Something that was so short-lived; came up in a night, perished in a night. You didn"t do anything to plant it. You didn"t do anything to water it or to develop it. You had really nothing to do with it. It"s just a gourd. It"s just a vine, and yet, when it died because the worm ate it you felt sorry for the thing because the worm killed it. How strange, Job. For you see, I created the Ninevites. I had something to do with their existence. It isn"t just an overnight process; there are eternal souls. It"s not just a plant. They are people.

And shouldn"t I not spare Nineveh, the great city ( Jonah 4:11 ),

And why is God sparing it? Because of his compassion upon the children,

in which there are sixty thousand little children not old enough to know their right hand from their left hand ( Jonah 4:11 );

And interestingly enough, God also spared it because of the animals, because of the cattle.

So the book of Jonah ends with an insight into God who is gracious, who is merciful, who is slow to anger, who does not want to bring judgment upon evil people, who has great compassion and interest in children and in the animal kingdom that He has created. Fascinating story. So many lessons to be learned, the chief of them, "They that observe lying vanities forsake their own mercy."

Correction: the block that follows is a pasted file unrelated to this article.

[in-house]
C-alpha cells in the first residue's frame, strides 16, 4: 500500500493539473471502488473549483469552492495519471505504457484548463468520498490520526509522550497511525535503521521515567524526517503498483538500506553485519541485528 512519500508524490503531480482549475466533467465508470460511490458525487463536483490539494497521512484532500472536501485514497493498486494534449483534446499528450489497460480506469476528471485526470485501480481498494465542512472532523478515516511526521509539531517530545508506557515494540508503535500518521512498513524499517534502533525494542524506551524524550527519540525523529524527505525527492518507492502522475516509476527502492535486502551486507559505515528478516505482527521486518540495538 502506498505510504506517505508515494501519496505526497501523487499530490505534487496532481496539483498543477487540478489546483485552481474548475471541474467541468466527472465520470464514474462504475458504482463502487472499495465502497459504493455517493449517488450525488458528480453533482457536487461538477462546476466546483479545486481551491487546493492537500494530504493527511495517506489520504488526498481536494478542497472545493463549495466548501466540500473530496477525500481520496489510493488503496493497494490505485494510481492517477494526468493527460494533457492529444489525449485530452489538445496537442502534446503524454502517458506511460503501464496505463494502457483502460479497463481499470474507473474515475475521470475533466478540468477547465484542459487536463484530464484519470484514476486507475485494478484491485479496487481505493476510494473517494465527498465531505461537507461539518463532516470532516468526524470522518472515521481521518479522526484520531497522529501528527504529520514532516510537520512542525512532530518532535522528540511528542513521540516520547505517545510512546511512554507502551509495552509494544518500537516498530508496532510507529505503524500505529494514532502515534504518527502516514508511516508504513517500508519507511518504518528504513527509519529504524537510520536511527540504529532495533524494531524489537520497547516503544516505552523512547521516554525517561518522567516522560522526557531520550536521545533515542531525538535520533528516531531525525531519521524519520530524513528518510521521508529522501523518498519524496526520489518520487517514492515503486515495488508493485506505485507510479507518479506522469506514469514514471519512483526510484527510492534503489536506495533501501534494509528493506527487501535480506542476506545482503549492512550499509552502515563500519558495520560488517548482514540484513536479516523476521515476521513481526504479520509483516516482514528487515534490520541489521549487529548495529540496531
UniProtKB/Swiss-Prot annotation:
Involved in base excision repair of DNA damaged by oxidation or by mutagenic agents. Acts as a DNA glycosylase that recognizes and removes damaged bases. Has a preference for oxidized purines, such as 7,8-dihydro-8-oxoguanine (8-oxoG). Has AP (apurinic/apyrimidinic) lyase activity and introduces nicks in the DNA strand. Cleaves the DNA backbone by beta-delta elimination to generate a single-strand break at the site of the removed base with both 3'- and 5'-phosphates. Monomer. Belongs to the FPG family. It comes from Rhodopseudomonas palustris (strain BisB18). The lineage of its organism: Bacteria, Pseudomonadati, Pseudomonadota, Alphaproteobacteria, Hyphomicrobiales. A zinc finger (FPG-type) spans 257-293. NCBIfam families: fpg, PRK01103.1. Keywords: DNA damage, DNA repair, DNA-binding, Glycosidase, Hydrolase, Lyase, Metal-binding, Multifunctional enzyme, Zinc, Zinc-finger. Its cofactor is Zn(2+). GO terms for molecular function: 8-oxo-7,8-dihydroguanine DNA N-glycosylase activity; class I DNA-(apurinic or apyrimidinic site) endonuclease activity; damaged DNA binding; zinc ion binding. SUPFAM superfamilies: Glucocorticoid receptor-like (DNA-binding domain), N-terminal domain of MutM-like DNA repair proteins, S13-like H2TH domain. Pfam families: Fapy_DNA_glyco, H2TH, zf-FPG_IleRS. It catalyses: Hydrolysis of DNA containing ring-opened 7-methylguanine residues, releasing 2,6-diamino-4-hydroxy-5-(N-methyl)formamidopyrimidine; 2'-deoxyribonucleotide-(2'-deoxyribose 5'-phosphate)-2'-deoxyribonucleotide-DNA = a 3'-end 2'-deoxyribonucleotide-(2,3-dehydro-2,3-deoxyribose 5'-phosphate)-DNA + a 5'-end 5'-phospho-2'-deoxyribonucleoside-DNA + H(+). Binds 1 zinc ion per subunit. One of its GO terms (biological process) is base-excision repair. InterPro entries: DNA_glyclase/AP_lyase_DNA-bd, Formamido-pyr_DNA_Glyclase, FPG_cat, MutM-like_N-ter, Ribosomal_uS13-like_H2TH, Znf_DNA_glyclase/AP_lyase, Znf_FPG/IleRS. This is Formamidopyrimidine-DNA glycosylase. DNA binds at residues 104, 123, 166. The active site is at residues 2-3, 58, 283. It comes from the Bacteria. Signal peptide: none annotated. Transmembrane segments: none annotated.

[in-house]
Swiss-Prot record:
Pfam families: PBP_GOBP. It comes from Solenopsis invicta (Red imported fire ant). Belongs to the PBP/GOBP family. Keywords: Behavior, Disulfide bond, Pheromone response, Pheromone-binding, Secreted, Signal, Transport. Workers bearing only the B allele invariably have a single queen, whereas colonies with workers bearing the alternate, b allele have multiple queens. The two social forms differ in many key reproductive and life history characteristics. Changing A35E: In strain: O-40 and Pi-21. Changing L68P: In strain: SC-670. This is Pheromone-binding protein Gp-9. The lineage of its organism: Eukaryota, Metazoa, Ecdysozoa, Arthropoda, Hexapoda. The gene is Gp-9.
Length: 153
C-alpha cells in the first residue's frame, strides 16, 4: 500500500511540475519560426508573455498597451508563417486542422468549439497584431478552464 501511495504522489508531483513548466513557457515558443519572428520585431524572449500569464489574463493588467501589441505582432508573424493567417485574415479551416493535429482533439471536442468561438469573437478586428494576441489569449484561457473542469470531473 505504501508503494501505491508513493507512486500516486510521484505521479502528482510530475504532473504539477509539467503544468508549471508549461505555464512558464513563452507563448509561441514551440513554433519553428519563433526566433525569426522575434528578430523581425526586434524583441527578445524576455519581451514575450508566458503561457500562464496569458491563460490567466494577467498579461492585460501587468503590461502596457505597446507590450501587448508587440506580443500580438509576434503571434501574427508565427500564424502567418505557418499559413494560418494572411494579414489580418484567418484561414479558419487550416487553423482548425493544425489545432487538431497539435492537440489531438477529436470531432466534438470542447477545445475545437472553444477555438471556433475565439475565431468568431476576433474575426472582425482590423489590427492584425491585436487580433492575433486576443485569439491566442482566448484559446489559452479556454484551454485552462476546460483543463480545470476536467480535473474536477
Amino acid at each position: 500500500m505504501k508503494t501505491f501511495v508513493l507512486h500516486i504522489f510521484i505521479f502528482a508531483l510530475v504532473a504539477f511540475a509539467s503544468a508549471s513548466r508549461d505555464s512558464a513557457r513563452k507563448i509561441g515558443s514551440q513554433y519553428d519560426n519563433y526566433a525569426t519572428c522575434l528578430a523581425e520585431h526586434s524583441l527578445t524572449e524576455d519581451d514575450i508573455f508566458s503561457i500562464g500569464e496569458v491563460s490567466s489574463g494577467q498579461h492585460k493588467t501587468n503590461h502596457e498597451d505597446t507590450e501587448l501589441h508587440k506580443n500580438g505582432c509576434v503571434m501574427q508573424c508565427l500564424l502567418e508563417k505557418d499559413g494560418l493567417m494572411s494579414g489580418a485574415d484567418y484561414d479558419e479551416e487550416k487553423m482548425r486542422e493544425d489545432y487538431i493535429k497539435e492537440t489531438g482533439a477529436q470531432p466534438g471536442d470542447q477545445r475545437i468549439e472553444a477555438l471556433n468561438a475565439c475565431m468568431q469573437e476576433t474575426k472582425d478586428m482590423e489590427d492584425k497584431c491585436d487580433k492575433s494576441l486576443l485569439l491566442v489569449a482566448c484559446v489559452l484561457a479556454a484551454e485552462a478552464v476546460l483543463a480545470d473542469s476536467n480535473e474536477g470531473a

Don"t try to run from God. Don"t try to hide from God. Surely God knows what is best for you. And for you to do anything other than what God wants you to do is only to create a misery and a hell for yourself. You are inviting and courting disaster. God knows what is best. Therefore, submit your ways unto the Lord and follow Him.

Father, we thank You for the book of Jonah and the lessons that it teaches us, lessons concerning Your nature. Lord, we"re so thankful that You are a gracious, loving God; full of mercy, slow to anger. We thank You, Lord, for that grace that we have experienced through Jesus Christ, the mercy and the pardon and the cleansing of our sins, the escaping of the judgment, because Jesus bore that judgment for us. Oh God, how thankful we are that You have redeemed us and that You now claim us as Your children. Help us, Lord, that we might walk in obedience to Your will in all things. In Jesus" name. Amen.

May the Lord be with you, may the Lord bless you, may the Lord keep you through the power of His love through Jesus Christ. And may you this week be obedient unto the voice of God as He calls to your heart for that work that He would have you to accomplish for His glory. In Jesus" name. "

 


Copyright Statement
Copyright © 2014, Calvary Chapel of Costa Mesa, Ca.

Bibliography Information
Smith, Charles Ward. "Commentary on Jonah 4:4". "Chuck Smith Bible Commentary". https://www.studylight.org/commentaries/csc/jonah-4.html. 2014.

Lectionary Calendar
Saturday, November 16th, 2019
the Week of Proper 27 / Ordinary 32
ADVERTISEMENT
Commentary Navigator
Search This Commentary
Enter query in the box below
ADVERTISEMENT
To report dead links, typos, or html errors or suggestions about making these resources more useful use our convenient contact form
Powered by Lightspeed Technology